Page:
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Steve Haberlin's picture
Steve Haberlin is an assistant professor of education at Wesleyan College in Macon, Georgia, and author of Meditation in the College Classroom: A Pedagogical Tool to Help Students De-Stress, Focus,...
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Enrichment or Acceleration?

Recently~ I gave a talk to some students at the University of South Florida regarding methods for working with gifted children.
They posed an interesting question~ one that really got me thinking.
Should you provide enrichment or acceleration when teaching gifted students?
Theres no simple answer. I think it depends on a number of things.
In a perfect world~ you would use both of these approaches to meet the needs of your gifted and higher-performing students. However~ in the real world~ time is often limited~ and you have to make choices about how to use that time.
First~ you have to look at the student. Does he or she excel in a particular subject that you happen to be teaching?
For example~ do you have a student in your math class that finishes his or her work early and consistently scores in the 90 percentile or above? Does this child seem to have a natural ability to grasp mathematical concepts? By pre-testing the student~ you can determine their level of mastery of a given subject or place within the curriculum.
If youre teaching math~ and the child excels in math~ it makes sense to accelerate them or at least compact the curriculum so that the student remains challenged and does not get bored (The different ways you can approach acceleration is the subject of my next blog).
While they acknowledge enrichment as a possibility~ groups like those behind A Nation Deceived believe that acceleration is the best method for meeting the needs of gifted children. Challenging a student by moving them through advanced curriculum at a pace that serves their needs makes sense.
Personally~ I do not believe acceleration is always the best approach. My experience working with gifted children has taught me that using enrichment models~ like those developed by gifted education researcher Joseph Renzulli~ can truly inspire and challenge even the most gifted of students.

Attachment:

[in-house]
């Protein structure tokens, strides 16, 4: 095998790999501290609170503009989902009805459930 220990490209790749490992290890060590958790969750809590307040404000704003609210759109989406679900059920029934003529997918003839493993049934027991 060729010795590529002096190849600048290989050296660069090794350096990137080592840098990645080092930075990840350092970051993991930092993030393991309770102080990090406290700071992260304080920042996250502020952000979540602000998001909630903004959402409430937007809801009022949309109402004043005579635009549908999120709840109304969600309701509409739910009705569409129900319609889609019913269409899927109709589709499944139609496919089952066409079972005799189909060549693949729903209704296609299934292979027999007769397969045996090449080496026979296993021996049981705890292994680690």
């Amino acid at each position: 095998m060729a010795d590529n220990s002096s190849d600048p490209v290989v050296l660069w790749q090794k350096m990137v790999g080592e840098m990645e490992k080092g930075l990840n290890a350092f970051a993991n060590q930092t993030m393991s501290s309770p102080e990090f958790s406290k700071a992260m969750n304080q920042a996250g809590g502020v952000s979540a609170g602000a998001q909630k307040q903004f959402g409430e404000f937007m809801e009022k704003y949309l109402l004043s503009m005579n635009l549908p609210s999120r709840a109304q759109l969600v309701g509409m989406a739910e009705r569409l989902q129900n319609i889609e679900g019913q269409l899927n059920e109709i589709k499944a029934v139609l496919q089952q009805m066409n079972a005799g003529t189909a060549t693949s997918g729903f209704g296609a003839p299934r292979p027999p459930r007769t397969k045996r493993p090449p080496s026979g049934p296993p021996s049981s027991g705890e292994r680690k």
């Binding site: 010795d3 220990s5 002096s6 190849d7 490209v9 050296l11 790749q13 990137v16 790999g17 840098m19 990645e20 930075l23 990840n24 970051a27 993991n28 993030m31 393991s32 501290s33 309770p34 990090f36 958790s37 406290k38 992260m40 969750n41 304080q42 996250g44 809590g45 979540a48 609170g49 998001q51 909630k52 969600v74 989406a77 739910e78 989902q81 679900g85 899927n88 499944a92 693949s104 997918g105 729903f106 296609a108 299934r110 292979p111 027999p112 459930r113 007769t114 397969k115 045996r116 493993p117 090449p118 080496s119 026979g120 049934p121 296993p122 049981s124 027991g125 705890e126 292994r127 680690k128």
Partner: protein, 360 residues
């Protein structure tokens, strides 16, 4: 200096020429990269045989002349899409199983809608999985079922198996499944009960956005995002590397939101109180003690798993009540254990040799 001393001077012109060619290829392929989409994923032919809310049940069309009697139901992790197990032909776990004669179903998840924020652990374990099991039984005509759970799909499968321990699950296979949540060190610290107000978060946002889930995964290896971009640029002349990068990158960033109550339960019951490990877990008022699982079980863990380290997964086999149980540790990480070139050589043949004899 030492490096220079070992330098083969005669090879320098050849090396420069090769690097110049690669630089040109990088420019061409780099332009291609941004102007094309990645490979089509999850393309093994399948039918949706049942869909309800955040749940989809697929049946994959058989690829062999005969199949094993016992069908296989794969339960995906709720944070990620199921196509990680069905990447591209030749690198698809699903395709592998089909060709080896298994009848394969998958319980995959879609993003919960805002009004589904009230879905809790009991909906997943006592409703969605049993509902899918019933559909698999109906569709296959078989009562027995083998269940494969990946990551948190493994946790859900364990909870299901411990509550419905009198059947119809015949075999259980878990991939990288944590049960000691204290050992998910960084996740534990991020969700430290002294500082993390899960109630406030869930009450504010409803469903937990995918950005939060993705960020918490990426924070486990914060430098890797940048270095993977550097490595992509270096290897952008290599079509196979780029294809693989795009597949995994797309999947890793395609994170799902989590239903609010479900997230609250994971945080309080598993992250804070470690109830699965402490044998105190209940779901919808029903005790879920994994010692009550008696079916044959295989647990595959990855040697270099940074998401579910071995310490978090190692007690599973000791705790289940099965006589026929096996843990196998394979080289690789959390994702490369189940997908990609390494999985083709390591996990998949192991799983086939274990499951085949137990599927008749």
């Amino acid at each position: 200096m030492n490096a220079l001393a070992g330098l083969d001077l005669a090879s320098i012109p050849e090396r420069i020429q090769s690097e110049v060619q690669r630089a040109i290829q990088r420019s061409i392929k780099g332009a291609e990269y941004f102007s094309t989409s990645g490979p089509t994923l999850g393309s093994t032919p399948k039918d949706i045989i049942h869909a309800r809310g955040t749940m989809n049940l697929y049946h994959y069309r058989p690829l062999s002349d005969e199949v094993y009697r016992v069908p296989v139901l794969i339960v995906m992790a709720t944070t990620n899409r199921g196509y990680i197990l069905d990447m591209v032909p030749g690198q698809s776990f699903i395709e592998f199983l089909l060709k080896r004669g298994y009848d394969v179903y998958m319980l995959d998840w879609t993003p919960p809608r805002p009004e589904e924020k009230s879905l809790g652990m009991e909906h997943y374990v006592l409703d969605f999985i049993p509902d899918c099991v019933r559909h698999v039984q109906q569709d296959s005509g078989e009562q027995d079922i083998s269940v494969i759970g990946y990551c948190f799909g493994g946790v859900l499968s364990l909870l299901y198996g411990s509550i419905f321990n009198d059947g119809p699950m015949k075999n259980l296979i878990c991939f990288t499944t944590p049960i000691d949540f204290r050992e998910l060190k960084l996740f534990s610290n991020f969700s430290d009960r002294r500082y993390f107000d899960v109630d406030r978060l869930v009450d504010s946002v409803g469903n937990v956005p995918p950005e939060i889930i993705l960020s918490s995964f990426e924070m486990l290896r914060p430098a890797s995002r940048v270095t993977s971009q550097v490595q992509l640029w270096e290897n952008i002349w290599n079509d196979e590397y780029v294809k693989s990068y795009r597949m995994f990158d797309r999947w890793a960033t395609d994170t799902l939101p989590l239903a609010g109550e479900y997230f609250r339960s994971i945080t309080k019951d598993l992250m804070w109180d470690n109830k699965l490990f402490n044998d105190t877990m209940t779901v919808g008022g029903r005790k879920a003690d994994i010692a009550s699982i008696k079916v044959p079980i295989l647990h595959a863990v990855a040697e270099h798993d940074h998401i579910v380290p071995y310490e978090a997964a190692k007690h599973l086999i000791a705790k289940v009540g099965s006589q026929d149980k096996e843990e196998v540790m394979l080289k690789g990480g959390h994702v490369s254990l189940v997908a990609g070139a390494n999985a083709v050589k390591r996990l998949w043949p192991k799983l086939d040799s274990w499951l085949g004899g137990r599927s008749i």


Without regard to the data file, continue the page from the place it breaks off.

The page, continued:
Also~ accelerating a gifted child through subject matter that may not be of interest to the child could actually be detrimental. If a child does not love mathbut rather has a fascination with literaturewhy would we pile on the math work? Instead~ it may be more enlightening to further strengthen and explore their love of novels and authors.
For example~ I currently work with a very bright fifth-grader~ who could easily master mathematical concepts at a higher level and does when given the opportunity. However~ facing time limits~ I decided to focus on his intense passion for history by having him engage in a several-month-long investigation of how social studies instruction could be enhanced in elemenetary classrooms. The result was a document that was presented to the schools principal~ and consequently~ the entire faculty. How can you argue that this was not beneficial to this childs education?
In my eyes~ the deciding factor in whether you provide a child enrichment or acceleration needs to be based on the childs strengths and interests. I think we are truly doing a disservice if we fail to develop a childs natural talents by forcing upon them curriculum and methods that we think are best or further our personal agenda.
Thats my opinion~ but more importantly~ what do you think? Which approach works best in your experience? I would love to hear your thoughts.
Please visit the Gifted and Enrichment group athttp://community.educationworld.comcontent/enrichment-or-acceleration-0?gid=NTEyMQ== to share your response.
Look for my upcoming blog on acceleration options.